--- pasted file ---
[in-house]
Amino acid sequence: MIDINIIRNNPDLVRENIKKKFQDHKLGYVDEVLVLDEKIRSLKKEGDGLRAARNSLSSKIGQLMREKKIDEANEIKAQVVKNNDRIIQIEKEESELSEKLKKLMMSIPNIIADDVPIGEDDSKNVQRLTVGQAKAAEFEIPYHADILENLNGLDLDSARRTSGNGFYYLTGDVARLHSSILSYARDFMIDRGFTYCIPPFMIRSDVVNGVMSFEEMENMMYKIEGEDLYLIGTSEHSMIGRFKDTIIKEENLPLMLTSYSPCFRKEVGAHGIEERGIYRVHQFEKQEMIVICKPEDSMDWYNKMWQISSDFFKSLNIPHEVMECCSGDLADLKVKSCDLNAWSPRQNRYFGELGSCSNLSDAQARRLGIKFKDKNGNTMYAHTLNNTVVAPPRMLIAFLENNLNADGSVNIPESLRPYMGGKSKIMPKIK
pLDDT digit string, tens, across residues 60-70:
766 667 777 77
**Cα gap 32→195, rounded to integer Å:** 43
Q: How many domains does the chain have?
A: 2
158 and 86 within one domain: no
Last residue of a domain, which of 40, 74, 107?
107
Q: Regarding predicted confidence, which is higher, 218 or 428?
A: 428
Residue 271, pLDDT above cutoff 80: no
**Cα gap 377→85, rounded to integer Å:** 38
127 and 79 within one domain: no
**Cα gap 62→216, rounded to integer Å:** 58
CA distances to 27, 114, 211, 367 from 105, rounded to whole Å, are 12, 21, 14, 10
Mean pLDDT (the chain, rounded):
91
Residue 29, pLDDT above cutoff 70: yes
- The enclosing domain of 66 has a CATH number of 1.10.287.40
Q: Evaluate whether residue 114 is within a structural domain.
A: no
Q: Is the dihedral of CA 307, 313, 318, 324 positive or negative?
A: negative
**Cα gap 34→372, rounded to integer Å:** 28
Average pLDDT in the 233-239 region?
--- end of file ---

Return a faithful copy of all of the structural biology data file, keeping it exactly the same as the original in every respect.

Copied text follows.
[in-house]
Amino acid sequence: MIDINIIRNNPDLVRENIKKKFQDHKLGYVDEVLVLDEKIRSLKKEGDGLRAARNSLSSKIGQLMREKKIDEANEIKAQVVKNNDRIIQIEKEESELSEKLKKLMMSIPNIIADDVPIGEDDSKNVQRLTVGQAKAAEFEIPYHADILENLNGLDLDSARRTSGNGFYYLTGDVARLHSSILSYARDFMIDRGFTYCIPPFMIRSDVVNGVMSFEEMENMMYKIEGEDLYLIGTSEHSMIGRFKDTIIKEENLPLMLTSYSPCFRKEVGAHGIEERGIYRVHQFEKQEMIVICKPEDSMDWYNKMWQISSDFFKSLNIPHEVMECCSGDLADLKVKSCDLNAWSPRQNRYFGELGSCSNLSDAQARRLGIKFKDKNGNTMYAHTLNNTVVAPPRMLIAFLENNLNADGSVNIPESLRPYMGGKSKIMPKIK
pLDDT digit string, tens, across residues 60-70:
766 667 777 77
**Cα gap 32→195, rounded to integer Å:** 43
Q: How many domains does the chain have?
A: 2
158 and 86 within one domain: no
Last residue of a domain, which of 40, 74, 107?
107
Q: Regarding predicted confidence, which is higher, 218 or 428?
A: 428
Residue 271, pLDDT above cutoff 80: no
**Cα gap 377→85, rounded to integer Å:** 38
127 and 79 within one domain: no
**Cα gap 62→216, rounded to integer Å:** 58
CA distances to 27, 114, 211, 367 from 105, rounded to whole Å, are 12, 21, 14, 10
Mean pLDDT (the chain, rounded):
91
Residue 29, pLDDT above cutoff 70: yes
- The enclosing domain of 66 has a CATH number of 1.10.287.40
Q: Evaluate whether residue 114 is within a structural domain.
A: no
Q: Is the dihedral of CA 307, 313, 318, 324 positive or negative?
A: negative
**Cα gap 34→372, rounded to integer Å:** 28
Average pLDDT in the 233-239 region?